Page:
A day after retiring from the National Hockey League, Cam Ward was back on the ice.
No goalie gear this time, though. That chapter of his life has ended.
Ward did some skating Thursday with a few of the Carolina Hurricanes players in an informal workout at Raleigh Center Ice. The players, including goalie James Reimer, did the work. Ward skated, watched and chatted during breaks.
At 35, Ward decided to end a career in which 13 of his 14 NHL seasons were spent with the Hurricanes, in No. 30. As NHL teams begin training camps and get closer to the start of the season, there could be a demand for a veteran goalie but Ward decided the time had come to put away the gear.
“It’s never easy,” Ward said in an N&O interview. “When you make a decision like that and you play for so long, you take into account a lot of things and my family is priority No. 1 for me. It became clear that it was time that I wanted to be home and be with my family and transition to life after playing.
“I always kind of live by the motto that the more fun you have the better you do, and the game was always fun. But when the body starts to feel the grind daily and every practice was going out there and feeling the effects, it became clear that maybe I can’t train and perform the way I expect of myself.”
Ward’s last season in the NHL was with the Chicago Blackhawks, on a one-year contract in 2018-19. That was a big change in lifestyle for Ward and his family, but he’s back in the Triangle, back in the community he calls home.
Signing a one-day contract on Wednesday, Ward retired as a member of the Hurricanes, the team that took him in the first round of the 2002 NHL Draft.
“He came in here as a young kid who was super-talented, something you could tell right away,” Canes coach Rod Brind’Amour said Thursday of his former teammate. “It was like ‘Who is this kid?’”
Ward backed up goalie Martin Gerber as a rookie much of the 2005-06 season. But when needed in the Stanley Cup playoffs, the kid played with the poise and polish of a veteran as the Canes fought their way to the Cup.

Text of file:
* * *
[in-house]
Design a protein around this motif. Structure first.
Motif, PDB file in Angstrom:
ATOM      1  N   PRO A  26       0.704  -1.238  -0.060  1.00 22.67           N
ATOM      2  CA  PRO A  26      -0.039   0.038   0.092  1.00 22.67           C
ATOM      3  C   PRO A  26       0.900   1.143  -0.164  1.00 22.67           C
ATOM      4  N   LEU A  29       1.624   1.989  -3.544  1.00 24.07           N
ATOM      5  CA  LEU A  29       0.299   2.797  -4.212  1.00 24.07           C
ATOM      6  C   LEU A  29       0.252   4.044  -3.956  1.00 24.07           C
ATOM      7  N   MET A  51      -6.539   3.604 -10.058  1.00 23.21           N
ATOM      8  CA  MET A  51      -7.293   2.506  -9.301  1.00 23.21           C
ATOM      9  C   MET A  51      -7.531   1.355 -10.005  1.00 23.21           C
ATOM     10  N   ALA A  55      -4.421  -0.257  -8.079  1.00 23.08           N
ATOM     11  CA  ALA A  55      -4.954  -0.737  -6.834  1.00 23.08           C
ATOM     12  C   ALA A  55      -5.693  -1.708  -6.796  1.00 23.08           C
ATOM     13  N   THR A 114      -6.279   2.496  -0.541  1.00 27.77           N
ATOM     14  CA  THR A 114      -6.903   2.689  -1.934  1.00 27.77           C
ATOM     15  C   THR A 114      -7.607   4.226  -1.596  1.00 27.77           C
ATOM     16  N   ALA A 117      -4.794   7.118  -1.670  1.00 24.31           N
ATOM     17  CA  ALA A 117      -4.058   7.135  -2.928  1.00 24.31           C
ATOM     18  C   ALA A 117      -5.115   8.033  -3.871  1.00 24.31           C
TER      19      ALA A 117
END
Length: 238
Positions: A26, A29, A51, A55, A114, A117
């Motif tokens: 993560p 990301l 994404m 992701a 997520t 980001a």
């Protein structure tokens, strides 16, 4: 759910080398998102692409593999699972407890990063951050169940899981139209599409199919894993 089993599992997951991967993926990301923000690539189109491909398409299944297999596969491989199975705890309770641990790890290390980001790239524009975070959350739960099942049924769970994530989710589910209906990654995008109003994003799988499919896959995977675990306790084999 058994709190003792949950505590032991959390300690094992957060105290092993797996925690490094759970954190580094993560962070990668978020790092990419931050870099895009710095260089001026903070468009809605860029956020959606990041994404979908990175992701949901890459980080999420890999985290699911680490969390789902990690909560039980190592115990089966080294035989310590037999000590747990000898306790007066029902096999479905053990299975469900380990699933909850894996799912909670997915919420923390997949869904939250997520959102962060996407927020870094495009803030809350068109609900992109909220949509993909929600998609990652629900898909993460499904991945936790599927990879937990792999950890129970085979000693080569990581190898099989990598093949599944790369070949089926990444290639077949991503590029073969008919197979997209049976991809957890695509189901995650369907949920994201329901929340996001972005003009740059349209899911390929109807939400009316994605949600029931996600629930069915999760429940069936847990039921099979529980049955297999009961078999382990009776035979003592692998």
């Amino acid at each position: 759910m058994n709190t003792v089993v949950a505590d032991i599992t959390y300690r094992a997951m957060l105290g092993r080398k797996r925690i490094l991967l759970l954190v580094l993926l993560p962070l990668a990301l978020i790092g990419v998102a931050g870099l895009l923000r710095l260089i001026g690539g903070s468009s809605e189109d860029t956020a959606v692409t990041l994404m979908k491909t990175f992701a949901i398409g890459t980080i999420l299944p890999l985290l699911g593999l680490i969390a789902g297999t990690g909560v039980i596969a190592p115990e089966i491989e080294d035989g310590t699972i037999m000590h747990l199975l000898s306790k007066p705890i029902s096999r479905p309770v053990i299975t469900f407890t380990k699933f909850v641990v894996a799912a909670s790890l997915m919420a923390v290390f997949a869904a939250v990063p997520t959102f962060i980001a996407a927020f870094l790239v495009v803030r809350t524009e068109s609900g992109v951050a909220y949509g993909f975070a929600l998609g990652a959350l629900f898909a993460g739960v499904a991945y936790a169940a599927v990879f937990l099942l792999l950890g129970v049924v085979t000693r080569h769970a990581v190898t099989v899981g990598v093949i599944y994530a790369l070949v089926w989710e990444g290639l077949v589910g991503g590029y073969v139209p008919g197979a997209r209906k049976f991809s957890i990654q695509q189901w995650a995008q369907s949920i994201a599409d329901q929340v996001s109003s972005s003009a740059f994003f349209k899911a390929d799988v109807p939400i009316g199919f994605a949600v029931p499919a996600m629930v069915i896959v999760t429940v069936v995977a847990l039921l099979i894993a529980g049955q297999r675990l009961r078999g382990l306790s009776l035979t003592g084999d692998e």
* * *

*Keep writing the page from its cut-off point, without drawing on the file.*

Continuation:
“You create a bond right away, going through that,” Brind’Amour said. “We’ve always had that and kind of grew up with him here and he grew up with us. Now, we’re even better friends now and our families are tight. It’s a unique relationship. He’s a good, quality person and the kind of people we want around.”
Ward said he did not apply for the position of goaltending coach after Mike Bales, the Canes’ goalie coach the past two seasons, left in June for the Buffalo Sabres. The Canes hired Jason Muzzatti, a former NHL goalie and the goalie coach the past four years at Michigan State, where Muzzatti once was Brind’Amour’s teammate.
What’s next for Ward?
Ward and former teammate Tim Gleason are partners in Vineyard 36, a winemaking business based in Napa Valley, Calif.
“I’d like to be more hands-on and involved with that,” Ward said. “But down the road in due time I’d like to stay in the game at some point. And obviously if I do so, I’d like to be here with the Hurricanes and use those past experiences through the good and the bad and the knowledge of the game to help better someone else.”
Sounds like a future goaltending consultant or coach, doesn’t it?
Ward’s retirement Wednesday elicited a lot of comments and praise. It was noted he won the Conn Smythe Trophy as the playoffs MVP in 2006 and set several franchise records including most wins (318). Many former teammates and friends reached out to him.
Catching his eye was a tweet by Shannon Szabados that noted when she was 19, Ward helped pay for a new pair of pads while she was playing Junior A hockey in the Alberta Junior Hockey League.
“Thank you and happy retirement Wardo,” tweeted Szabados, an Edmonton native who would twice win Olympic gold medals for Canada.
“That was a long time ago and very nice of her to share that story and obviously very proud of her career and being an Olympic champion,” Ward said Thursday. “It goes to show that goalies stick together and try to help one another when you can.”